Thursday, December 28, 2006

Stupid people rush to refinance now, per Washington Post

This Washington Post article talks about "good" reasons to refinance now. How "good" are those reasons? Not very.
  1. "You have an adjustable-rate mortgage that's scheduled to reset into higher payments in the six months ahead. Your loan might be a payment-option mortgage, an interest-only mortgage originated in 2003 or 2004 with a three-year reset, or simply an adjustable tied to short-term Treasury rates that's already costing you more than the fixed-rate alternatives.
  2. You have a "piggyback" first-and-second mortgage package that was originally intended to let you purchase your house with a minimal or zero down payment while avoiding mortgage insurance premiums. But now the floating-rate second is above 8 percent and you want to bail.
  3. You need cash for a home improvement, a business investment or a vacation home now available at a bargain price. Even though the fixed rate on your first is below 6 percent, the opportunity to cash out thousands of dollars and refinance into a larger replacement mortgage is compelling, even if the rate is a little higher."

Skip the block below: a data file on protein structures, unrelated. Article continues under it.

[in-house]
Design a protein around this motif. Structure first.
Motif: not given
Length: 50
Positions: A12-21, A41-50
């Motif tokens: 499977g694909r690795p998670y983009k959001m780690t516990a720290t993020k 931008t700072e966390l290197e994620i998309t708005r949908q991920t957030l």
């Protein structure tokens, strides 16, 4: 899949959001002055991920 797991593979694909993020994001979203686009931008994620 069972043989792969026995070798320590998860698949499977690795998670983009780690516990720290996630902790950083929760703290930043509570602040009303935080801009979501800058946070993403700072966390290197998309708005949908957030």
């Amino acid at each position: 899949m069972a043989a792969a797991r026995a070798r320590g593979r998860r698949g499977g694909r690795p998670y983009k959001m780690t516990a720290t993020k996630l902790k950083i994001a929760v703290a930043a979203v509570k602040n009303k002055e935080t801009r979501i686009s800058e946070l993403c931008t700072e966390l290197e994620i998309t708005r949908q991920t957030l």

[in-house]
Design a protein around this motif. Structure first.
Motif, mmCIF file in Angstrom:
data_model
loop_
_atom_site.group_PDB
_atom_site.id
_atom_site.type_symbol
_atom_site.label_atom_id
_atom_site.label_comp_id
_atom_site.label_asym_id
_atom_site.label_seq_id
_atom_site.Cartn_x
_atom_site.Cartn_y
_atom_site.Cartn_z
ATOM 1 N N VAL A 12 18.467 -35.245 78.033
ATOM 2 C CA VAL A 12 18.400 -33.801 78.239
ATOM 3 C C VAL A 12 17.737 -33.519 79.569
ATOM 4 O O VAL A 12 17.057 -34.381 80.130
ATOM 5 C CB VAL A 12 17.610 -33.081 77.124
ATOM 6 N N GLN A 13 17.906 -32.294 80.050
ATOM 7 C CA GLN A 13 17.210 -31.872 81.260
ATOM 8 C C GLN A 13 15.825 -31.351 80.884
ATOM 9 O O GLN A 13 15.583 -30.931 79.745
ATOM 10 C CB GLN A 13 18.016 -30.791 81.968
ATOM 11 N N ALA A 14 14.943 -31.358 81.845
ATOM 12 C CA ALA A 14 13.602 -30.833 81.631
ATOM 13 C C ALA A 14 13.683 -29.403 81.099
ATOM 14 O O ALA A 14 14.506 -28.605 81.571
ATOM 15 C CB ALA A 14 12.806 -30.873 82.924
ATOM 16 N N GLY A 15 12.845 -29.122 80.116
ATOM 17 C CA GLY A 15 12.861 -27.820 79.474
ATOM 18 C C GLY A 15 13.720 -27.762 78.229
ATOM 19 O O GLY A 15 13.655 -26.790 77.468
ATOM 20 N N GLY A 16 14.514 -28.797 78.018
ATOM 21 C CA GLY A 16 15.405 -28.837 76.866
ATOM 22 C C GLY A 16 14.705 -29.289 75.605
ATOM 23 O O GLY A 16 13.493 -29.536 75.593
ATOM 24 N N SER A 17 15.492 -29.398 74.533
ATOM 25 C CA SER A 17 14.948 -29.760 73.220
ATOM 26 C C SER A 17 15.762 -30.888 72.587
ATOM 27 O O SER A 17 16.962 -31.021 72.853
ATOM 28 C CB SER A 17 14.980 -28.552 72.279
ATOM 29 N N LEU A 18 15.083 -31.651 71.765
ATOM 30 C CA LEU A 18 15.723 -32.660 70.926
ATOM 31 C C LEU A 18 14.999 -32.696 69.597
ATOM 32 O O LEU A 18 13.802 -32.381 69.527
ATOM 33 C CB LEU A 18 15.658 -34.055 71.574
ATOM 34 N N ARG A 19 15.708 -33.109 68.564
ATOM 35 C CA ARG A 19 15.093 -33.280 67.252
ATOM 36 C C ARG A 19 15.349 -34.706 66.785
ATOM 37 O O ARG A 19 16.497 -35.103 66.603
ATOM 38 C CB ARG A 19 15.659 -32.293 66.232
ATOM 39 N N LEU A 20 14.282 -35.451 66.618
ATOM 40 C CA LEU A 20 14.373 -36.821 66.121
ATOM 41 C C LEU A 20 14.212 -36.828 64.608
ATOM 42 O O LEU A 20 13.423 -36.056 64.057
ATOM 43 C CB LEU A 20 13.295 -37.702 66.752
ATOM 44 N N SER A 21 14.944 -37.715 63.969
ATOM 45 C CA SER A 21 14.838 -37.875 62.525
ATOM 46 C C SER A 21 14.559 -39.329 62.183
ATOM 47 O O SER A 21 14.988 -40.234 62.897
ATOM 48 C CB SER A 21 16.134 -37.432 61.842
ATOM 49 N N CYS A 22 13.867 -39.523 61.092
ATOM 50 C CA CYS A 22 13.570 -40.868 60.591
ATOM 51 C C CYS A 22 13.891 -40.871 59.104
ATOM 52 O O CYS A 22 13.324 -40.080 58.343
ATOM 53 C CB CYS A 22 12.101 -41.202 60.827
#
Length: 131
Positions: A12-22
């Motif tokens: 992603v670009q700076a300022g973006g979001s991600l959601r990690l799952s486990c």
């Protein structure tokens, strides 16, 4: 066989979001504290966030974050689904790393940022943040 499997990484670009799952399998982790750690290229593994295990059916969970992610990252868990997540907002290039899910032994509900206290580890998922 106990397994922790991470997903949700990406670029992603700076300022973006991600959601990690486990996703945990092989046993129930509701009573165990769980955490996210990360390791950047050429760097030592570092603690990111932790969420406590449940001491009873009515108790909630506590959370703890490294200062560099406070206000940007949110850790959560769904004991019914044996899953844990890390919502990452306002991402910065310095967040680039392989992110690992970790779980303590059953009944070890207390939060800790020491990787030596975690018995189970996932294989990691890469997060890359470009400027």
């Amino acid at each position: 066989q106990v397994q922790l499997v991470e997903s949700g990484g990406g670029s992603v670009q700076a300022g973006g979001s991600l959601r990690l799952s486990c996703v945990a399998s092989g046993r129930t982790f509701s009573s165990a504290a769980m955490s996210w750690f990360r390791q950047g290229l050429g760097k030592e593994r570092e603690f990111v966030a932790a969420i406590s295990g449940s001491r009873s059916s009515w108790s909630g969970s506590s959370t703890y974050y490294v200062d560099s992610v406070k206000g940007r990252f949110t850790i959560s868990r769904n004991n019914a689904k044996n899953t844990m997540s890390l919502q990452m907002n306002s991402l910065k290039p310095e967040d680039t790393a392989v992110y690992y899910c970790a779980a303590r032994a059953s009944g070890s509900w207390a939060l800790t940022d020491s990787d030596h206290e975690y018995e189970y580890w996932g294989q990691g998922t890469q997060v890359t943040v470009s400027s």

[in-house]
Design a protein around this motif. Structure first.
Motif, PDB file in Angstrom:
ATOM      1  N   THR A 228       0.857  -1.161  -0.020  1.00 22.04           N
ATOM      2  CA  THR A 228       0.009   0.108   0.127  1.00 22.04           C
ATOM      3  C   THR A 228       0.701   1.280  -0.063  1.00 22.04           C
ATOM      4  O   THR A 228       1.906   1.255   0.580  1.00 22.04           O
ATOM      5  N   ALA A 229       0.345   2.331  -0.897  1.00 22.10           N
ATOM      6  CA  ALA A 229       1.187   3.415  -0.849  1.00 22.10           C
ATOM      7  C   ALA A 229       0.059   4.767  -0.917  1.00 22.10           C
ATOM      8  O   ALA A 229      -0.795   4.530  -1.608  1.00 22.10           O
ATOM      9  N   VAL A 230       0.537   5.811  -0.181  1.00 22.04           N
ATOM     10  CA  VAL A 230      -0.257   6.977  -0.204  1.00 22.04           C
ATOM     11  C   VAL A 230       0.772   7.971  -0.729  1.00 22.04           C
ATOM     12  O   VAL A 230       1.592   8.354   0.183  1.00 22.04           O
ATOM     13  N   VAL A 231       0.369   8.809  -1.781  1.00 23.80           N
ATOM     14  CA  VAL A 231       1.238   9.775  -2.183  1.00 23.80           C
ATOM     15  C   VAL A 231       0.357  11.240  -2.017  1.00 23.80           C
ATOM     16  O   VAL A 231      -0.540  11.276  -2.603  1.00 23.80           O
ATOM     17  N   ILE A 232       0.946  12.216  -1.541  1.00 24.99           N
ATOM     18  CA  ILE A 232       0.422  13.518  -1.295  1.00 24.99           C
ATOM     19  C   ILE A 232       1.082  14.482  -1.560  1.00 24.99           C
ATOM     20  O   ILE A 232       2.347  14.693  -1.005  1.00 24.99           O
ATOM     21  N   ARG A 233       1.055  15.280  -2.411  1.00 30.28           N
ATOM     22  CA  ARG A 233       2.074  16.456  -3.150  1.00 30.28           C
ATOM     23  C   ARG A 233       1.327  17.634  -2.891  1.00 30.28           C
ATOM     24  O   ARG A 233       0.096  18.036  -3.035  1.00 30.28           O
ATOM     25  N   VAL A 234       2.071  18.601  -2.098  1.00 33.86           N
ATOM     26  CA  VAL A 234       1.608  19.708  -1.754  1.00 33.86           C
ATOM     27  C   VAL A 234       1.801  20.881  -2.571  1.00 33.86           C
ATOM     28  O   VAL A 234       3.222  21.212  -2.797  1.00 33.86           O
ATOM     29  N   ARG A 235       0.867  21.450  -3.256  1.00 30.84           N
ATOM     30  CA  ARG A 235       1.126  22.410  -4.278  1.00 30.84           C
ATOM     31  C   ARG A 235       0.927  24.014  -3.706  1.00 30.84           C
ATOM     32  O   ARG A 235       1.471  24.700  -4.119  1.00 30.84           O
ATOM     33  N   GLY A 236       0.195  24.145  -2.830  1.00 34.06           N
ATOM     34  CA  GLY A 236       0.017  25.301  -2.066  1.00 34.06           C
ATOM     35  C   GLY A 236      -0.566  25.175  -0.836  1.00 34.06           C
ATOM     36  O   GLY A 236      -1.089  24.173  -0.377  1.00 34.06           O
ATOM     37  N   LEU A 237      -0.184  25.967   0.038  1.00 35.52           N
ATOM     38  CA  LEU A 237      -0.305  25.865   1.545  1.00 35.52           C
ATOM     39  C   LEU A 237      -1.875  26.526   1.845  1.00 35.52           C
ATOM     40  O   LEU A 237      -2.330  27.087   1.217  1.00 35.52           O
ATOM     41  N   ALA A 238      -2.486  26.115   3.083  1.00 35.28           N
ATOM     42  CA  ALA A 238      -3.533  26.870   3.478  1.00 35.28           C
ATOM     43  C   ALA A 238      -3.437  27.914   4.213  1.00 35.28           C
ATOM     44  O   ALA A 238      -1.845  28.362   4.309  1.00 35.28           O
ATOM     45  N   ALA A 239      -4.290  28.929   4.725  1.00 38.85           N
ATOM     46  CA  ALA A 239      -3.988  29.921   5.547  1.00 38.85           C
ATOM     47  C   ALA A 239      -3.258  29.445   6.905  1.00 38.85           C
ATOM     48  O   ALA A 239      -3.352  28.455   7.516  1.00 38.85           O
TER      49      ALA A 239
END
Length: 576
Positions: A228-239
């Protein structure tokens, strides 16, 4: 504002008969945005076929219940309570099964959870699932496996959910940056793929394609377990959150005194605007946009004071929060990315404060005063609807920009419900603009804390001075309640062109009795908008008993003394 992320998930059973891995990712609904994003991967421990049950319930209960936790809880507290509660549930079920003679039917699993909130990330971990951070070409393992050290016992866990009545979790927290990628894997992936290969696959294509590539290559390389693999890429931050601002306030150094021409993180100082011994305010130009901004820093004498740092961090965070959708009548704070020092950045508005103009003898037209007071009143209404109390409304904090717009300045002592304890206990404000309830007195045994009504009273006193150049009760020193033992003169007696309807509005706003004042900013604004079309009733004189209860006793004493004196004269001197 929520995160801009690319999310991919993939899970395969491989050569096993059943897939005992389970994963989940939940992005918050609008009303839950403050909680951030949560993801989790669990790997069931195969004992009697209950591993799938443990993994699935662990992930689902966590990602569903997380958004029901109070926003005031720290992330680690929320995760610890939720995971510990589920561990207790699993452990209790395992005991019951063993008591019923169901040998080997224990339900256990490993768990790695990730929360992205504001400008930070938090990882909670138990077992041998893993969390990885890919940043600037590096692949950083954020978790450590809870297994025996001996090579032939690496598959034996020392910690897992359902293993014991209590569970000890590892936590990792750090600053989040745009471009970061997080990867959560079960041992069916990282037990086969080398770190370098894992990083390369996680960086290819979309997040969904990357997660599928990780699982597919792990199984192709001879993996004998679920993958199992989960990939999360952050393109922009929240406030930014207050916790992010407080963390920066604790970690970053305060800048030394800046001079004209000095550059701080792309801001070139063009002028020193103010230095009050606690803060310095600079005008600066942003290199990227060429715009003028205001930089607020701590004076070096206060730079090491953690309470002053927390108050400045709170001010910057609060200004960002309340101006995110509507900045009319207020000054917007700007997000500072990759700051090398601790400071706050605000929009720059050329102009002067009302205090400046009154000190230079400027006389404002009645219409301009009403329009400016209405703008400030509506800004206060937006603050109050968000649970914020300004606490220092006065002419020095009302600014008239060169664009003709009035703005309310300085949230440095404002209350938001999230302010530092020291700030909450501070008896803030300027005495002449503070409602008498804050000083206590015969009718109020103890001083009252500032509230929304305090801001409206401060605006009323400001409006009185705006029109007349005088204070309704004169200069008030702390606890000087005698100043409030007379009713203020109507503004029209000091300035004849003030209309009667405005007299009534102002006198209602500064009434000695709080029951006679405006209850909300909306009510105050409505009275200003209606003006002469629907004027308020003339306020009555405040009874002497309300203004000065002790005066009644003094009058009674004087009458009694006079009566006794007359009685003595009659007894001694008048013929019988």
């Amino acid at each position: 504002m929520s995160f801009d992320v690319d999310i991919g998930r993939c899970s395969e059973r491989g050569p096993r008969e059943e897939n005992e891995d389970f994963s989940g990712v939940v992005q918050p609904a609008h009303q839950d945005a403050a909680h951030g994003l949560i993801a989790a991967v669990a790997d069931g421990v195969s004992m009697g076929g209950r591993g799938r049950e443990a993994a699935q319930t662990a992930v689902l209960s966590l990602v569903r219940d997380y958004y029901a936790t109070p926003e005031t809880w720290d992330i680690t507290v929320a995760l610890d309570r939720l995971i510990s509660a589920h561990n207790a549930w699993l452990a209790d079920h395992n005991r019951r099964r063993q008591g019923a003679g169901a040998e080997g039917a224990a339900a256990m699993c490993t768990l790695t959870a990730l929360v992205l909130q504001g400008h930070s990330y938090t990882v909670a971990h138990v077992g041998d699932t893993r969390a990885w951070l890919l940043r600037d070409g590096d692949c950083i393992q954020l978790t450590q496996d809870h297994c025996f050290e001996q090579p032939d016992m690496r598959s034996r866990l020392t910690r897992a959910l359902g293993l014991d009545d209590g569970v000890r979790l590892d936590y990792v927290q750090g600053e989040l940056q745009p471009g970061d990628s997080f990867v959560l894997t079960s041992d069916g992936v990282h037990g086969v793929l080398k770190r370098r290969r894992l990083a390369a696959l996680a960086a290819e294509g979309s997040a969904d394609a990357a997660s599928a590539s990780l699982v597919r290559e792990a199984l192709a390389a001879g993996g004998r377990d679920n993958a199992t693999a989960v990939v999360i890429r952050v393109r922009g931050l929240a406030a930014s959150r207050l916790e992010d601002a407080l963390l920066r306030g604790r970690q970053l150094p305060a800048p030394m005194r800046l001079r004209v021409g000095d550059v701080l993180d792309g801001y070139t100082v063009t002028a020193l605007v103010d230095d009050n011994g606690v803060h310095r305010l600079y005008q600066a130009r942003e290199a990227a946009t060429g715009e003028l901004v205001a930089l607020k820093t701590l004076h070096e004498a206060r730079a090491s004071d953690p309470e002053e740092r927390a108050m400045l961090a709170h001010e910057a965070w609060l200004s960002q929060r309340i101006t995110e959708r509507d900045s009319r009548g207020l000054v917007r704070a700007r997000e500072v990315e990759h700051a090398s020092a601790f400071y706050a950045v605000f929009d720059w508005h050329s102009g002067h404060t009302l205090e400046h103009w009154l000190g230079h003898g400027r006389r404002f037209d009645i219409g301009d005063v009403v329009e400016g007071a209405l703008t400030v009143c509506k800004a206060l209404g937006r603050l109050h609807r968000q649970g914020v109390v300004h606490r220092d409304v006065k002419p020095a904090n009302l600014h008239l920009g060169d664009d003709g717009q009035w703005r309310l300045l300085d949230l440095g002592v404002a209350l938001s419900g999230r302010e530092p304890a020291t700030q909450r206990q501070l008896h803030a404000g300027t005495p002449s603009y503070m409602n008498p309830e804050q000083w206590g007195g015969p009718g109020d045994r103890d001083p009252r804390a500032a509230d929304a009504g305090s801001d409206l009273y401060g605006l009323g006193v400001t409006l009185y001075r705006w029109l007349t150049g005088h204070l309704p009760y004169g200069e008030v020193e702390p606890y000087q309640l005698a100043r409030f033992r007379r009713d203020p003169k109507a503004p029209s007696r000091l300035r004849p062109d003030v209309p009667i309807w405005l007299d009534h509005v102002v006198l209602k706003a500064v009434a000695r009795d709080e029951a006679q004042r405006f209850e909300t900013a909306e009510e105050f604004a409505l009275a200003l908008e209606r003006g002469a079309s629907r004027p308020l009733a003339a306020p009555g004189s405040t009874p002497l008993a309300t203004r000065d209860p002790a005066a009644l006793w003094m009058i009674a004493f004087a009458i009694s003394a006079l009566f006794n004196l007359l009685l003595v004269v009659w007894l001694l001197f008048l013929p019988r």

The problem here is that all these options presume you're a sucker:
1. You're refinancing because you took an earlier bet on adjustable-rate mortgages. Good for you, but you shouldn't have one in the first place. All three of the options listed are flat-out stupid as snake socks, for reasons that should be obvious.

2. You're not stupid for avoiding PMI; that's a legitimate option. However, getting the second mortgage as a floating rate was dumb as a sack of broken hammers. We already know you didn't have the money to just get a single mortgage with a decent downpayment, which means you don't have flexibility to have rates rise on you, but you went ahead and got the 2nd mortgage as a floater anyway.

3. Wow. I can't even begin on how wrong this entry is. Unless the home improvement is actually necessary home repairs, all three of these are just pointless exercises in wasting equity and chaining yourself to a bigger mortgage.

Makes me glad I've got money in REIT funds, to get money from the people taking money from stupid people.


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